The CJS hopes these summaries will be helpful to members, because they are different from the average news or blog account, in at least three ways: first, a detailed account of the rationale of ALL the opinions issued in a case, including nuances found in separate concurring and dissenting opinions; second, an account of the decision that is essentially “neutral” -- that is, not really a “perspective” in the sense of the author’s personal opinions, but rather a straightforward account that can be relied upon by lawyers of all stripes; and then third, a bit of “inside baseball” analysis of some of the twists or nuances that are not apparent in the opinion.

U.S.. Supreme Court Summaries – Criminal Cases June 24, 2010

Mail/Wire Fraud and “Honest Services” – Three cases:

Skilling v. United States,

Black v. United States,

Weyhrauch v. United Sates,

On June 24, the Court issued its long-awaited opinions in the trio of “honest services” mail and wire fraud cases. The Court (6-3) upheld the “honest services” statute, but limited it to schemes of “bribery and kickbacks.” Interestingly, in the lead case of former Enron CEO Jeff Skilling, the Court’s major effort was spent not on mail fraud, but on the pretrial-publicity juror bias claims that Skilling presented, and the Skilling opinion will stand more as a major decision in that constitutional area than on the statutory definition (which is changeable by Congress) of mail fraud. Each holding (due process and mail fraud) was a 6-3 vote, but different Justices were the dissenters on each. And, perhaps significantly or perhaps not, this is the first decision in which the two women on the Court disagreed in written opinions, Justice Ginsburg writing the majority and Justice Sotomayor dissenting on the due process-fair trial ruling.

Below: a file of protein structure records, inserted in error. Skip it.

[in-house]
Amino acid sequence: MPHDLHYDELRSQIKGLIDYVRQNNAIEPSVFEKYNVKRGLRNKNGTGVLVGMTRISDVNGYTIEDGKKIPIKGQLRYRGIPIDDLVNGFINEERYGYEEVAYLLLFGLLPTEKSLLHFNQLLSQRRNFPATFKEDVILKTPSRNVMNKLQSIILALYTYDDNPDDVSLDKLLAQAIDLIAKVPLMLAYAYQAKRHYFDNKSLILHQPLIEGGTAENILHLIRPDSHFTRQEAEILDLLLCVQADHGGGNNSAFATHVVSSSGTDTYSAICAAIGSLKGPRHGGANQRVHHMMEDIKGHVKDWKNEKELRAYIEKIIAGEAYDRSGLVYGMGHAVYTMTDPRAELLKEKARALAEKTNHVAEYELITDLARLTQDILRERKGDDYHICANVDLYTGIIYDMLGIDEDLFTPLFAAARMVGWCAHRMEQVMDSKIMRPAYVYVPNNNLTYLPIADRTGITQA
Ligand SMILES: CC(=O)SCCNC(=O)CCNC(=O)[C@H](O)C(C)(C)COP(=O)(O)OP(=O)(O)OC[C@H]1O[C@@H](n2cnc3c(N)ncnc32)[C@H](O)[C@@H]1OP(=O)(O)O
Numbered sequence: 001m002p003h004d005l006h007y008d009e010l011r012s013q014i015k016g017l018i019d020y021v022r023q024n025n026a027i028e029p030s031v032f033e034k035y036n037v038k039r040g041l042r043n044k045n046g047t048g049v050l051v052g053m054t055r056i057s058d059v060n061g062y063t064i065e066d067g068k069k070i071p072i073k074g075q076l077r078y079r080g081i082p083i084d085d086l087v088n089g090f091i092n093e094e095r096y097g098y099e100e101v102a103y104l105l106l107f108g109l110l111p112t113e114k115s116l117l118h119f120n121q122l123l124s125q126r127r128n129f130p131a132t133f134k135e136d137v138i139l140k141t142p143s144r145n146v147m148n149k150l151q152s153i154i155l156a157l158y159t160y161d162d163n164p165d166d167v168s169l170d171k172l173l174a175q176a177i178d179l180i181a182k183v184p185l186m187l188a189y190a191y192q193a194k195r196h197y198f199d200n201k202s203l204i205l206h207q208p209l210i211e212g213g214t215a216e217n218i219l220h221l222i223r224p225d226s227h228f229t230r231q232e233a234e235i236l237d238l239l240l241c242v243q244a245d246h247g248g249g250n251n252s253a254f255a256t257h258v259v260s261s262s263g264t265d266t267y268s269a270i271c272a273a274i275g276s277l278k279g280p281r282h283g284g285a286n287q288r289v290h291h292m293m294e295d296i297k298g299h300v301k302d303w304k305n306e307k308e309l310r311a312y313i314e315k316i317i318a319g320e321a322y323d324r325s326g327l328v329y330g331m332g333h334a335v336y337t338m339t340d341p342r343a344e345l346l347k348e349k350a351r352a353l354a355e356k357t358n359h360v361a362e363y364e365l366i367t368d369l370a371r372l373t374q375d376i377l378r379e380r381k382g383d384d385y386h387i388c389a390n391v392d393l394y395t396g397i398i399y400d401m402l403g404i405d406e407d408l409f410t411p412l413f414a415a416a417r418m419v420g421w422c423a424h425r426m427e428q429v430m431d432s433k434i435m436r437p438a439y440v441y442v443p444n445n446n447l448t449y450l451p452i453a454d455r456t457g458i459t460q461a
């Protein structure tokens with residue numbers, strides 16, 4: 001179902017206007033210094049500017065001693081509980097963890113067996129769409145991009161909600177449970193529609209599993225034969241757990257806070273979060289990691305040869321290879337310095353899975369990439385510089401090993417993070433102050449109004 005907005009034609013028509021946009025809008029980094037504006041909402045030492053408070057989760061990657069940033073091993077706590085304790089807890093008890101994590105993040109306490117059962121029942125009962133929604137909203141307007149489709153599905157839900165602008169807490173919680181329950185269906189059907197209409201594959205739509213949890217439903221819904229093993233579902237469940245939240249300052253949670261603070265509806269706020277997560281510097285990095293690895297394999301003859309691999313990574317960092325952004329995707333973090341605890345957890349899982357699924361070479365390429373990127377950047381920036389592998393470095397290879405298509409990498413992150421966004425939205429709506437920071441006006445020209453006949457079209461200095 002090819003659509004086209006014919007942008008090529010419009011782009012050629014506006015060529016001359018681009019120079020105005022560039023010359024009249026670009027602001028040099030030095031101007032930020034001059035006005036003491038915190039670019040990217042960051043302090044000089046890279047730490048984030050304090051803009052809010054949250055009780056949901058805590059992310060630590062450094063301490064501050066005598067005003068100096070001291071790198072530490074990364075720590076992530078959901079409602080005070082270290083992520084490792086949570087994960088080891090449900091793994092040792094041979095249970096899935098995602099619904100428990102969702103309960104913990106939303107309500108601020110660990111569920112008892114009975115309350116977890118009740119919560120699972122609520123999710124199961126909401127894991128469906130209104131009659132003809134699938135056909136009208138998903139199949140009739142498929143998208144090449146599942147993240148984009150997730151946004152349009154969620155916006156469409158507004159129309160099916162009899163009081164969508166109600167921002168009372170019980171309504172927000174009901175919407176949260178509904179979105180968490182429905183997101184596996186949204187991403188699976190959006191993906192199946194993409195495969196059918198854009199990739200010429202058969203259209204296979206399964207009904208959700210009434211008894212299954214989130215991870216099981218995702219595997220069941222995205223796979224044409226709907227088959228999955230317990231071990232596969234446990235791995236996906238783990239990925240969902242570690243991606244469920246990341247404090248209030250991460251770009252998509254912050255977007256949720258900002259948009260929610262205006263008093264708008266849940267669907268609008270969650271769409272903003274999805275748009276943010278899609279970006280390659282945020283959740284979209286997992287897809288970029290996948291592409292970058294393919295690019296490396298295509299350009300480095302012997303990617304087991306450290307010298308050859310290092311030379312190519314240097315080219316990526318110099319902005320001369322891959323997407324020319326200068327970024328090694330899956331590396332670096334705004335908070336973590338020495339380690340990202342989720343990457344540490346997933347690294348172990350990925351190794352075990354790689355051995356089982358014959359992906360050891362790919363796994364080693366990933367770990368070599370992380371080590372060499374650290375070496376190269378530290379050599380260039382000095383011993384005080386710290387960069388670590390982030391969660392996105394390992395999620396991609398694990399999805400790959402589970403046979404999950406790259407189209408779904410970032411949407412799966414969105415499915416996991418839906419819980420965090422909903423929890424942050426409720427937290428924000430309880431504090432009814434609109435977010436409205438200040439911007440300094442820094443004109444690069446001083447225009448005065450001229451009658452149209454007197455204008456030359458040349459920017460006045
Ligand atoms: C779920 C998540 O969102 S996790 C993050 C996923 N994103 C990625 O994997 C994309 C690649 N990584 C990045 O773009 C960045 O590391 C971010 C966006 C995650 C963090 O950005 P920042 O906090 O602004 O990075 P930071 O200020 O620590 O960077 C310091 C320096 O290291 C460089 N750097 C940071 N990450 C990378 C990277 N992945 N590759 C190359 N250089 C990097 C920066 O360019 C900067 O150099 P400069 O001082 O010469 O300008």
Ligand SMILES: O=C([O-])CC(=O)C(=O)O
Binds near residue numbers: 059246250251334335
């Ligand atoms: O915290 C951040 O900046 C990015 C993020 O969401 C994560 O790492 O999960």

The various Skilling opinions consume 114 pages. The Court also eclipses what probably was not a record of three days ago (the six-page syllabus in Humanitarian Law Prroject) with a nine-page syllabus here. Yes, there are a lot of pages here, but nine pages for an allegedly accessible “summary” of the opinion is, for the Court, pretty silly.

In Black, the Court applied its Skilling mail fraud ruling to hold that Conrad Black’s jury instructions were erroneous, and remanded for a harmless-error analysis (as it did in Skilling). The Court also reversed the Seventh Circuit’s ruling that Black had forfeited his jury instruction challenge by opposing the government’s more-precise special verdict form, and provides an important discourse on courts of appeal imposing sanctions that the Federal Rules of Criminal Procedure don’t specify, without notice.

Finally, in one sentence the Court simply vacated the Ninth Circuit’s ruling in Weyhrauch and remanded for further proceedings in light of Skilling.

Summaries of the various Justices’ opinions follow.

Continue reading "ABA: U.S. Supreme Court Summaries - Mail Fraud and "Honest Services" - Three Cases" »